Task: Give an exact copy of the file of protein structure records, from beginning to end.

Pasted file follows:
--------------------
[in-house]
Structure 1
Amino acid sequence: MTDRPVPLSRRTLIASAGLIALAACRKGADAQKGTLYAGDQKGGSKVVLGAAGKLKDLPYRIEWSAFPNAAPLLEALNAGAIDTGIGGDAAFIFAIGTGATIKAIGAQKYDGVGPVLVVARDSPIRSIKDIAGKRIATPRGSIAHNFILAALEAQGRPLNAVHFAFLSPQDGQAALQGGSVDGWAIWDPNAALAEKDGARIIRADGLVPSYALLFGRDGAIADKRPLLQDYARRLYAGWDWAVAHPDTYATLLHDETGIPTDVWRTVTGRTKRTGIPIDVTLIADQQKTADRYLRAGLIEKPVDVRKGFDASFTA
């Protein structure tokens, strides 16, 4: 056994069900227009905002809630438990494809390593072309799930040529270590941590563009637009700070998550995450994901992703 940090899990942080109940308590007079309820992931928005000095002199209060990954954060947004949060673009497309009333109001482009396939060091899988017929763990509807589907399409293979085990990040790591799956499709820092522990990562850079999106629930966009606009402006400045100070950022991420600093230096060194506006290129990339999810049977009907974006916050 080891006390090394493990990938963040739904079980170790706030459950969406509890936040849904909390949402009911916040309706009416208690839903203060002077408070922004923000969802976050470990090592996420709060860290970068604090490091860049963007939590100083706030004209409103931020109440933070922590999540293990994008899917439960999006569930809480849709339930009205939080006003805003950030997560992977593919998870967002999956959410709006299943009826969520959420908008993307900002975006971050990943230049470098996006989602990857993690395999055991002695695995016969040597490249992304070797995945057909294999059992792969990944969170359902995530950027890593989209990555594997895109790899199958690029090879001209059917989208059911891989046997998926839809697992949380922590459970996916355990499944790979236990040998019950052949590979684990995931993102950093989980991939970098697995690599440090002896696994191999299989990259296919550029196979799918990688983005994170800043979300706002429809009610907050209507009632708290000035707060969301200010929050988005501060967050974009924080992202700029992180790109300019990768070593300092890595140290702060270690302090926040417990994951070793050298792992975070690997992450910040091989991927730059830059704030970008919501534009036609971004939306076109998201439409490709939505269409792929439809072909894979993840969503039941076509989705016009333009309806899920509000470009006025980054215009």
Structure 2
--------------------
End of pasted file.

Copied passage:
[in-house]
Structure 1
Amino acid sequence: MTDRPVPLSRRTLIASAGLIALAACRKGADAQKGTLYAGDQKGGSKVVLGAAGKLKDLPYRIEWSAFPNAAPLLEALNAGAIDTGIGGDAAFIFAIGTGATIKAIGAQKYDGVGPVLVVARDSPIRSIKDIAGKRIATPRGSIAHNFILAALEAQGRPLNAVHFAFLSPQDGQAALQGGSVDGWAIWDPNAALAEKDGARIIRADGLVPSYALLFGRDGAIADKRPLLQDYARRLYAGWDWAVAHPDTYATLLHDETGIPTDVWRTVTGRTKRTGIPIDVTLIADQQKTADRYLRAGLIEKPVDVRKGFDASFTA
């Protein structure tokens, strides 16, 4: 056994069900227009905002809630438990494809390593072309799930040529270590941590563009637009700070998550995450994901992703 940090899990942080109940308590007079309820992931928005000095002199209060990954954060947004949060673009497309009333109001482009396939060091899988017929763990509807589907399409293979085990990040790591799956499709820092522990990562850079999106629930966009606009402006400045100070950022991420600093230096060194506006290129990339999810049977009907974006916050 080891006390090394493990990938963040739904079980170790706030459950969406509890936040849904909390949402009911916040309706009416208690839903203060002077408070922004923000969802976050470990090592996420709060860290970068604090490091860049963007939590100083706030004209409103931020109440933070922590999540293990994008899917439960999006569930809480849709339930009205939080006003805003950030997560992977593919998870967002999956959410709006299943009826969520959420908008993307900002975006971050990943230049470098996006989602990857993690395999055991002695695995016969040597490249992304070797995945057909294999059992792969990944969170359902995530950027890593989209990555594997895109790899199958690029090879001209059917989208059911891989046997998926839809697992949380922590459970996916355990499944790979236990040998019950052949590979684990995931993102950093989980991939970098697995690599440090002896696994191999299989990259296919550029196979799918990688983005994170800043979300706002429809009610907050209507009632708290000035707060969301200010929050988005501060967050974009924080992202700029992180790109300019990768070593300092890595140290702060270690302090926040417990994951070793050298792992975070690997992450910040091989991927730059830059704030970008919501534009036609971004939306076109998201439409490709939505269409792929439809072909894979993840969503039941076509989705016009333009309806899920509000470009006025980054215009």
Structure 2